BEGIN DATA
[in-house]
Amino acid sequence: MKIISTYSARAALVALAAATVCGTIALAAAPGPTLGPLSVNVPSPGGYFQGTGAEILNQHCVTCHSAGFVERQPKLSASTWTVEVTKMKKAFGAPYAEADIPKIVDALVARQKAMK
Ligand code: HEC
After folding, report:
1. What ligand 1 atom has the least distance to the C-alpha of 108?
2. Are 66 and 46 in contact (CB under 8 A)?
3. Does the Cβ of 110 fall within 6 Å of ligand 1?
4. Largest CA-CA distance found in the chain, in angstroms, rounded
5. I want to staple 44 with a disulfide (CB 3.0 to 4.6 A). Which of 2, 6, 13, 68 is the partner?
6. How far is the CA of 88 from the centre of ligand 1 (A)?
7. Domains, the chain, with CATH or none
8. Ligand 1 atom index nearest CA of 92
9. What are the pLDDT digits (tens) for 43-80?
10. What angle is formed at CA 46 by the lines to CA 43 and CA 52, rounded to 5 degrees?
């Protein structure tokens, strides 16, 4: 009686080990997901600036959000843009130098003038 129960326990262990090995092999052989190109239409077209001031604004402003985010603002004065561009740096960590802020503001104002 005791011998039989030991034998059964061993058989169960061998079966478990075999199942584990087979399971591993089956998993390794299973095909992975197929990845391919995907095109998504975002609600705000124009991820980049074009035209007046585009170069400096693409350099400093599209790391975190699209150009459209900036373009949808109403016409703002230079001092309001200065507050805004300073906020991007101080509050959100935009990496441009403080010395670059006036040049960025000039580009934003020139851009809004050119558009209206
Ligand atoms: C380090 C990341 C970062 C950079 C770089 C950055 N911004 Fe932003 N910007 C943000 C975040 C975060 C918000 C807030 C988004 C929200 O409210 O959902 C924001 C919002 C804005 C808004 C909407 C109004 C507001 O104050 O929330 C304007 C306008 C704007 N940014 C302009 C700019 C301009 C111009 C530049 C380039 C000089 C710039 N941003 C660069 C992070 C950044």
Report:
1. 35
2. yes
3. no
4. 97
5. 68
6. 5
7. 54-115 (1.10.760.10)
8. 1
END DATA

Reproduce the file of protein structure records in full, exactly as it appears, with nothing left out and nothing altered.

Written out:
[in-house]
Amino acid sequence: MKIISTYSARAALVALAAATVCGTIALAAAPGPTLGPLSVNVPSPGGYFQGTGAEILNQHCVTCHSAGFVERQPKLSASTWTVEVTKMKKAFGAPYAEADIPKIVDALVARQKAMK
Ligand code: HEC
After folding, report:
1. What ligand 1 atom has the least distance to the C-alpha of 108?
2. Are 66 and 46 in contact (CB under 8 A)?
3. Does the Cβ of 110 fall within 6 Å of ligand 1?
4. Largest CA-CA distance found in the chain, in angstroms, rounded
5. I want to staple 44 with a disulfide (CB 3.0 to 4.6 A). Which of 2, 6, 13, 68 is the partner?
6. How far is the CA of 88 from the centre of ligand 1 (A)?
7. Domains, the chain, with CATH or none
8. Ligand 1 atom index nearest CA of 92
9. What are the pLDDT digits (tens) for 43-80?
10. What angle is formed at CA 46 by the lines to CA 43 and CA 52, rounded to 5 degrees?
């Protein structure tokens, strides 16, 4: 009686080990997901600036959000843009130098003038 129960326990262990090995092999052989190109239409077209001031604004402003985010603002004065561009740096960590802020503001104002 005791011998039989030991034998059964061993058989169960061998079966478990075999199942584990087979399971591993089956998993390794299973095909992975197929990845391919995907095109998504975002609600705000124009991820980049074009035209007046585009170069400096693409350099400093599209790391975190699209150009459209900036373009949808109403016409703002230079001092309001200065507050805004300073906020991007101080509050959100935009990496441009403080010395670059006036040049960025000039580009934003020139851009809004050119558009209206
Ligand atoms: C380090 C990341 C970062 C950079 C770089 C950055 N911004 Fe932003 N910007 C943000 C975040 C975060 C918000 C807030 C988004 C929200 O409210 O959902 C924001 C919002 C804005 C808004 C909407 C109004 C507001 O104050 O929330 C304007 C306008 C704007 N940014 C302009 C700019 C301009 C111009 C530049 C380039 C000089 C710039 N941003 C660069 C992070 C950044």
Report:
1. 35
2. yes
3. no
4. 97
5. 68
6. 5
7. 54-115 (1.10.760.10)
8. 1